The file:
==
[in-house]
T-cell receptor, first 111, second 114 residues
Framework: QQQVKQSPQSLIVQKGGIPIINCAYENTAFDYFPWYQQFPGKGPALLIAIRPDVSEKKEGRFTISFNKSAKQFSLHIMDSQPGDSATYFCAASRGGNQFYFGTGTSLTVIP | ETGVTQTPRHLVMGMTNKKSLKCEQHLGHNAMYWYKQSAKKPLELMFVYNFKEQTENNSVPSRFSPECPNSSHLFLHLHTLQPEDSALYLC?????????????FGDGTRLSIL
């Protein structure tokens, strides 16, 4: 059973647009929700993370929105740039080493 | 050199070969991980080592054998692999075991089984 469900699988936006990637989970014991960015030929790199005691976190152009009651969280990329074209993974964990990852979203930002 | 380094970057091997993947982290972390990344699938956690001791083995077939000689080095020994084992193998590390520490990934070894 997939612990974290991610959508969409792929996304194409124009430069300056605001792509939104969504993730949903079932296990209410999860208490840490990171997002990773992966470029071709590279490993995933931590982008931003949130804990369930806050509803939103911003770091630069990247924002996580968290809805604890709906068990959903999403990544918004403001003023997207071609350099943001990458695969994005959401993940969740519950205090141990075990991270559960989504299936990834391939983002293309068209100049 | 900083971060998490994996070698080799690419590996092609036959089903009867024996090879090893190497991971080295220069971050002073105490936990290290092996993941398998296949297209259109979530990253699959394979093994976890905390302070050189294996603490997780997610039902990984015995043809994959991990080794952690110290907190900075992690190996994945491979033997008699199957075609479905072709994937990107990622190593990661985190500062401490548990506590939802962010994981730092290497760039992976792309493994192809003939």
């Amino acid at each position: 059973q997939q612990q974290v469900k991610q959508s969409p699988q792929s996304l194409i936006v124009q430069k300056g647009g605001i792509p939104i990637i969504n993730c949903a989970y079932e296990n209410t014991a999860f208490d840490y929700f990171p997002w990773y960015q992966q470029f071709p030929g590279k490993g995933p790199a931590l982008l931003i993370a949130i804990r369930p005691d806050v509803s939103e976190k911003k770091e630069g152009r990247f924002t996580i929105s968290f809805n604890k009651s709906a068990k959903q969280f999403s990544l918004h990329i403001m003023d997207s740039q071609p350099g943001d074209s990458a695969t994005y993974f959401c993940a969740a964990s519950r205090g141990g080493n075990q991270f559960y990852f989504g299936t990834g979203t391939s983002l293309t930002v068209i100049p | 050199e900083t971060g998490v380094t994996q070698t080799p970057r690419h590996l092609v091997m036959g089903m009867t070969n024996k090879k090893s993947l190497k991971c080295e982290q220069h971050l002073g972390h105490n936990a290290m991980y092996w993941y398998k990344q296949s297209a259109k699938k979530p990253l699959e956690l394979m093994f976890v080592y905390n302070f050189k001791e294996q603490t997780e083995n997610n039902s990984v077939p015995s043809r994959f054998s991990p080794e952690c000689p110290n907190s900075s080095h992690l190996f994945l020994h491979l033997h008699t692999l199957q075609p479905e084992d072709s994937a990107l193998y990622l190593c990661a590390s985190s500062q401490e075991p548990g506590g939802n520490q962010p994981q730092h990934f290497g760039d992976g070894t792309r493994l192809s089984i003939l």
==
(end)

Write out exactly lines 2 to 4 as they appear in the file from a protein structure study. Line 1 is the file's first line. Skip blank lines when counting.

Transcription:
T-cell receptor, first 111, second 114 residues
Framework: QQQVKQSPQSLIVQKGGIPIINCAYENTAFDYFPWYQQFPGKGPALLIAIRPDVSEKKEGRFTISFNKSAKQFSLHIMDSQPGDSATYFCAASRGGNQFYFGTGTSLTVIP | ETGVTQTPRHLVMGMTNKKSLKCEQHLGHNAMYWYKQSAKKPLELMFVYNFKEQTENNSVPSRFSPECPNSSHLFLHLHTLQPEDSALYLC?????????????FGDGTRLSIL
């Protein structure tokens, strides 16, 4: 059973647009929700993370929105740039080493 | 050199070969991980080592054998692999075991089984 469900699988936006990637989970014991960015030929790199005691976190152009009651969280990329074209993974964990990852979203930002 | 380094970057091997993947982290972390990344699938956690001791083995077939000689080095020994084992193998590390520490990934070894 997939612990974290991610959508969409792929996304194409124009430069300056605001792509939104969504993730949903079932296990209410999860208490840490990171997002990773992966470029071709590279490993995933931590982008931003949130804990369930806050509803939103911003770091630069990247924002996580968290809805604890709906068990959903999403990544918004403001003023997207071609350099943001990458695969994005959401993940969740519950205090141990075990991270559960989504299936990834391939983002293309068209100049 | 900083971060998490994996070698080799690419590996092609036959089903009867024996090879090893190497991971080295220069971050002073105490936990290290092996993941398998296949297209259109979530990253699959394979093994976890905390302070050189294996603490997780997610039902990984015995043809994959991990080794952690110290907190900075992690190996994945491979033997008699199957075609479905072709994937990107990622190593990661985190500062401490548990506590939802962010994981730092290497760039992976792309493994192809003939």